• Sun
  • Dec 21, 2014
  • Updated: 5:14pm

Cathay cuts cargo capacity growth

PUBLISHED : Tuesday, 20 December, 2011, 12:00am
UPDATED : Tuesday, 20 December, 2011, 12:00am
 

Cathay Pacific Airways, the largest global cargo airline, has cut capacity growth to 10 per cent from the planned 17 per cent next year by deferring delivery of two new freighters amid a bleak industry outlook. Six of the 10 Boeing 747-8 freighters, which were to join Cathay's fleet by the end of next year, will now be delivered in two phases - four by next year and two in 2013. However, four of these freighters, delivered earlier, have already been deployed on the transpacific routes.

Three of the freighters were seen parked yesterday, reflecting the sluggish air cargo market.

The freighters can hold 16 per cent more cargo than B747-400Fs and can carry up to 134 tonnes, as they have a wider fuselage and are more fuel-efficient. But the larger capacity also makes it more difficult to fill them to capacity in market downturns.

The outlook for air cargo demand appears dim for the first quarter of next year, especially as the Lunar New Year falls on January 23 rather than in February, which is usually the case. The earlier-than-usual festive season means mainland factories will close for holidays in January.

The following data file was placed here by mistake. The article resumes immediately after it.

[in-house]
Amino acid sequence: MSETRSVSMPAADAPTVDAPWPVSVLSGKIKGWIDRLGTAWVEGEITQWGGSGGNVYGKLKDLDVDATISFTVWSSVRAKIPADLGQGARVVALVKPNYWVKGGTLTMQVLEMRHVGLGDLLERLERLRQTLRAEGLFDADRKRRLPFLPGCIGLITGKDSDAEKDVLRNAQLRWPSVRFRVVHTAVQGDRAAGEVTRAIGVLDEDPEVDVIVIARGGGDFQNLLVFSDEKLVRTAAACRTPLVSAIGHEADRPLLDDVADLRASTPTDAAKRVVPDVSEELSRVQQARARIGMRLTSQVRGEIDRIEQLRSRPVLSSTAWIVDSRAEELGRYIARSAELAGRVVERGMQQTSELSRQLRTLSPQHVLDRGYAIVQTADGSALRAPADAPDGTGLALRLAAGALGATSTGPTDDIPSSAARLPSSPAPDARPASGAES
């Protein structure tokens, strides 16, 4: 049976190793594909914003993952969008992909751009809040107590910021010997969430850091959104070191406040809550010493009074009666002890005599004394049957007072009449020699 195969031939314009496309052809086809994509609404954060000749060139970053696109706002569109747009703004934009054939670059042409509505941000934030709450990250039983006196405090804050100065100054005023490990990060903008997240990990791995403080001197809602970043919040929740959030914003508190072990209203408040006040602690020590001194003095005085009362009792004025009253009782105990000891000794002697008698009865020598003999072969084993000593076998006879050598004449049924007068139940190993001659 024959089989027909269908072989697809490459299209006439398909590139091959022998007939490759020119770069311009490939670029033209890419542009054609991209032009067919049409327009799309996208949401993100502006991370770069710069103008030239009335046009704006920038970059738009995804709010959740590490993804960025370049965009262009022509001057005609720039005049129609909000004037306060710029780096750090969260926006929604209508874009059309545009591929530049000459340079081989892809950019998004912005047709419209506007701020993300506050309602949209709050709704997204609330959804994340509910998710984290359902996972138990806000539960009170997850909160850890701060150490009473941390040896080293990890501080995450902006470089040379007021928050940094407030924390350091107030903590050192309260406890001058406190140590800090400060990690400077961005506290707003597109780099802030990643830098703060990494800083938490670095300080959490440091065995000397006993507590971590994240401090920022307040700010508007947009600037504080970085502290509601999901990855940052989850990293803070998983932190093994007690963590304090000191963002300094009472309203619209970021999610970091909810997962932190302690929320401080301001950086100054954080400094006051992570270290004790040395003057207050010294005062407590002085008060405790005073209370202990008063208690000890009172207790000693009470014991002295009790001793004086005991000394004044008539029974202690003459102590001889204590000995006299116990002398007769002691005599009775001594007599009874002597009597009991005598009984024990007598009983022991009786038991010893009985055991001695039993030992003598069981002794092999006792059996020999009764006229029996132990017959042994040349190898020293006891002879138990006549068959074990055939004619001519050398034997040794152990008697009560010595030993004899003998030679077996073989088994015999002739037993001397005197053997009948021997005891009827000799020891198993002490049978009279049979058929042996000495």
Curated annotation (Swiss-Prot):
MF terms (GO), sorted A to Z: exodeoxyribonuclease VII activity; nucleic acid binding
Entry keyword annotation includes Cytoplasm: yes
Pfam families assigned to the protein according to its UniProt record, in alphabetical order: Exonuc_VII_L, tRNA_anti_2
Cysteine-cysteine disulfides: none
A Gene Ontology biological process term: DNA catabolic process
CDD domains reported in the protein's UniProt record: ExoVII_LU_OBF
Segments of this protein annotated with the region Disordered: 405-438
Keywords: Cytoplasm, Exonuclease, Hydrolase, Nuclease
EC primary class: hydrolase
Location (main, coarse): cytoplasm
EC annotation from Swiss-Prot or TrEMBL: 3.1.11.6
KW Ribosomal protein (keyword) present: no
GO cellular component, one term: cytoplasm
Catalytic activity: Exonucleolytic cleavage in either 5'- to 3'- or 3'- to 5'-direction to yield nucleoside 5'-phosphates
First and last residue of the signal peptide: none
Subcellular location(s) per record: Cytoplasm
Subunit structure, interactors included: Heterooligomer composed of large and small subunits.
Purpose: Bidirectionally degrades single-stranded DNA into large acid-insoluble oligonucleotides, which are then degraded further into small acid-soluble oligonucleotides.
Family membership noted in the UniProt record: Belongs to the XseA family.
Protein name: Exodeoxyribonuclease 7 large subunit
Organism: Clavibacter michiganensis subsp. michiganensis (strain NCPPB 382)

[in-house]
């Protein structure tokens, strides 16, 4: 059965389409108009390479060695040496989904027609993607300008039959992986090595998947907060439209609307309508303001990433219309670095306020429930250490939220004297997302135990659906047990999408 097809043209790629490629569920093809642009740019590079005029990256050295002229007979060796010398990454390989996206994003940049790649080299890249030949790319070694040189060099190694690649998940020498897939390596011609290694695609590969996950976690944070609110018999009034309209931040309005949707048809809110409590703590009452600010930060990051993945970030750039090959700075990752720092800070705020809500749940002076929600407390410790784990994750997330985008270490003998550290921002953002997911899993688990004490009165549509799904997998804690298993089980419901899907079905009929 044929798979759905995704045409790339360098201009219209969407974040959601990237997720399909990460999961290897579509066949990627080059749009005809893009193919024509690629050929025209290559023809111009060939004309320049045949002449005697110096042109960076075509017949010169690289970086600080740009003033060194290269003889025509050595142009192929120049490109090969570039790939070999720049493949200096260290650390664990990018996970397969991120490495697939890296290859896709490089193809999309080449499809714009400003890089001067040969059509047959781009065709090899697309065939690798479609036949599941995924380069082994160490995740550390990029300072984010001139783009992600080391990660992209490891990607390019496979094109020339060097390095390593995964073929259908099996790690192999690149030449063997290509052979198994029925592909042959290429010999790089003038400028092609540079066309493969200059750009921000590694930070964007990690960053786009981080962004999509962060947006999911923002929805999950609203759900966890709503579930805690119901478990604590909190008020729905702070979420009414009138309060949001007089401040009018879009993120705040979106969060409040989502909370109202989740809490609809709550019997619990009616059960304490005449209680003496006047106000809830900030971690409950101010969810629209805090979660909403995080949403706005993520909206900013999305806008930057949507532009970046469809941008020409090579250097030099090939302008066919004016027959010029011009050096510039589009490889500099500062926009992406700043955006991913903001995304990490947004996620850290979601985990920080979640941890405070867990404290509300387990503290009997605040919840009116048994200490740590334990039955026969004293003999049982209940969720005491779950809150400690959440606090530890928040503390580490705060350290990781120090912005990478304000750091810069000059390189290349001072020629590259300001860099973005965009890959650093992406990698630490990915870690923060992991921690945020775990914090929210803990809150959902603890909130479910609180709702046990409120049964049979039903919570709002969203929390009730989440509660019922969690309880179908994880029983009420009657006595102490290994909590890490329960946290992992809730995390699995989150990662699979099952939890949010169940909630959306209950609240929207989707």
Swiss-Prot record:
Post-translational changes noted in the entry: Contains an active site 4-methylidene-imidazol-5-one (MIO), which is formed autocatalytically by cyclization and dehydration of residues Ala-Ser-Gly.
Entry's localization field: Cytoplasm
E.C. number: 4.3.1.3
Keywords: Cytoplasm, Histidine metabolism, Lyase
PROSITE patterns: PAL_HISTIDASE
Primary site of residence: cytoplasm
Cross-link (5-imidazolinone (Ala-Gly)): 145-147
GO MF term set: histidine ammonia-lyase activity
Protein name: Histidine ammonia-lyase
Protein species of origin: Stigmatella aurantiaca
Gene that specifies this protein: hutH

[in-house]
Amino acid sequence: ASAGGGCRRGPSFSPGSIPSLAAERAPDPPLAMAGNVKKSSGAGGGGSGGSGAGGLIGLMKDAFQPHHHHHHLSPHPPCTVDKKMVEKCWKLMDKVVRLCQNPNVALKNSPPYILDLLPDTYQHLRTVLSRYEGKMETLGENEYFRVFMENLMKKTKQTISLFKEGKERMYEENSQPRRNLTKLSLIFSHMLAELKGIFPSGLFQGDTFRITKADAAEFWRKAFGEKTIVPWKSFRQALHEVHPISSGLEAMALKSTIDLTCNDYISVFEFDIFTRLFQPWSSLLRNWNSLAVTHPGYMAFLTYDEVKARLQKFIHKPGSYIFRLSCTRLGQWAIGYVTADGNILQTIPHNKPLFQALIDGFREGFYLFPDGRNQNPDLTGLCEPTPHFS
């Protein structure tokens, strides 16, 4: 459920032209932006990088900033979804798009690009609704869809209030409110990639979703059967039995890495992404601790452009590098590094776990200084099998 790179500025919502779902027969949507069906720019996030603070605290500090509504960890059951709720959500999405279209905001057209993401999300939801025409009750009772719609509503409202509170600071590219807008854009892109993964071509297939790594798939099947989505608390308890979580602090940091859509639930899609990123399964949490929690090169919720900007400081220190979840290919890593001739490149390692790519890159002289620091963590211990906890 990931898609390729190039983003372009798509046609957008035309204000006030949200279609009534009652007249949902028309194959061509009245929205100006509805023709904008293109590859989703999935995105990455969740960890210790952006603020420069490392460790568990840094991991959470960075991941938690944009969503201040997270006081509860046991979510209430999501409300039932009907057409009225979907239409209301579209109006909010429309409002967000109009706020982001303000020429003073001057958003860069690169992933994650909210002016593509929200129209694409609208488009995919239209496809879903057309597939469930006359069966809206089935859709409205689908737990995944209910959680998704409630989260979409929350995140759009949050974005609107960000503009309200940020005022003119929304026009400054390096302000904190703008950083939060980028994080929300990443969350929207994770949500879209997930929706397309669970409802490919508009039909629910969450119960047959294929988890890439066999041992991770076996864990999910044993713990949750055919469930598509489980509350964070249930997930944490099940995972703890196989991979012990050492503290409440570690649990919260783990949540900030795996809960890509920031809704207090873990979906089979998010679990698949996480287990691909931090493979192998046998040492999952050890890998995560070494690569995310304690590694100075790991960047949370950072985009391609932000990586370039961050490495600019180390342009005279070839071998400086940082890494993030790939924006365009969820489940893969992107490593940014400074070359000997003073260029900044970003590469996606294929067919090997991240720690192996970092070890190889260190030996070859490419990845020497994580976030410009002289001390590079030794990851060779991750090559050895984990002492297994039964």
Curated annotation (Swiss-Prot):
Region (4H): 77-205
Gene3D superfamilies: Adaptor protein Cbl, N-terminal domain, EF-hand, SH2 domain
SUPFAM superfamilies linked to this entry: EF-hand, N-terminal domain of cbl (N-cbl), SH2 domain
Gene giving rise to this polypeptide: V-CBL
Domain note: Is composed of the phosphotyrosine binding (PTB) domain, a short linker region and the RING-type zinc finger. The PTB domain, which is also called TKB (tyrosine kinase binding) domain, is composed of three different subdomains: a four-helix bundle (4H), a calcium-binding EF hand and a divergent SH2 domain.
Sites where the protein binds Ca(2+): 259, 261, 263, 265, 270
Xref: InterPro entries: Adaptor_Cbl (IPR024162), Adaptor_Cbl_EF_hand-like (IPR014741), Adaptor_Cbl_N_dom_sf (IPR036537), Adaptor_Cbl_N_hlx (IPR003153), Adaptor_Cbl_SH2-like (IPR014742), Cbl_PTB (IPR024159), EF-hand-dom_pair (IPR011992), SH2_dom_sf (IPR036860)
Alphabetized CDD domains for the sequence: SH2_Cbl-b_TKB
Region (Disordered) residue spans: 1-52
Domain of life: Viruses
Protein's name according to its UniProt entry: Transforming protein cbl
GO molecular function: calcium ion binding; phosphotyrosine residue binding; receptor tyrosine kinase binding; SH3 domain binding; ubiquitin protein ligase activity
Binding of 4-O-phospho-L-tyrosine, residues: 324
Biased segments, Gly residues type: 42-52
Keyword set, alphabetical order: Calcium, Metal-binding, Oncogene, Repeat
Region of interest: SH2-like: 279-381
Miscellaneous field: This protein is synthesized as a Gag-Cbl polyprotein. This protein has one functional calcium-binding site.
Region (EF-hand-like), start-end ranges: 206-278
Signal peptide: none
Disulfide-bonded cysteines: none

Freight forwarders, the brokers between airlines and companies shipping their goods, are refraining from signing minimum-guarantee contracts with airlines for new cargo space, as they are struggling to find shippers to fill the existing contracted cargo space.

'We will be very prudent in negotiating the terms with airlines,' said an executive from a Hong Kong freight forwarding firm, who did not want to be named. 'We will slash the committed volume and the contract price for next year.'

Cathay and other airlines usually sell cargo space using contracts and spot prices to secure more balanced sales due to the peaks and troughs of air cargo demand. Some freight forwarders are set to suffer big losses this year, as they had signed contracted volumes at HK$20 a kg kilogram of shipment earlier this year, while the spot price has now dived to HK$15 a kg for long-haul routes to Europe and the United States.

The air cargo business is highly cyclical. In the last downturn in 2008, Cathay had to park two freighters as cargo demand from North America fell sharply.

Currently, Cathay has yet to make a decision on grounding its freighters. Including the HK$5.5 billion cargo terminal under construction at Chek Lap Kok airport, Cathay has set aside HK$20 billion for its investment in freighters and cargo-related facilities by 2015.

The airline remains bullish on the long-term outlook of the cargo business in the region because of the mainland's growth potential.

In the longer term, global air cargo traffic is expected to expand at about 6 per cent annually, with much of the growth coming from Asia, according to a Cathay company newsletter last month, which quoted chief executive John Slosar.

39%

Shares of Cathay Pacific have plummeted by this percentage this year, compared with a 22 per cent fall in the Hang Seng Index

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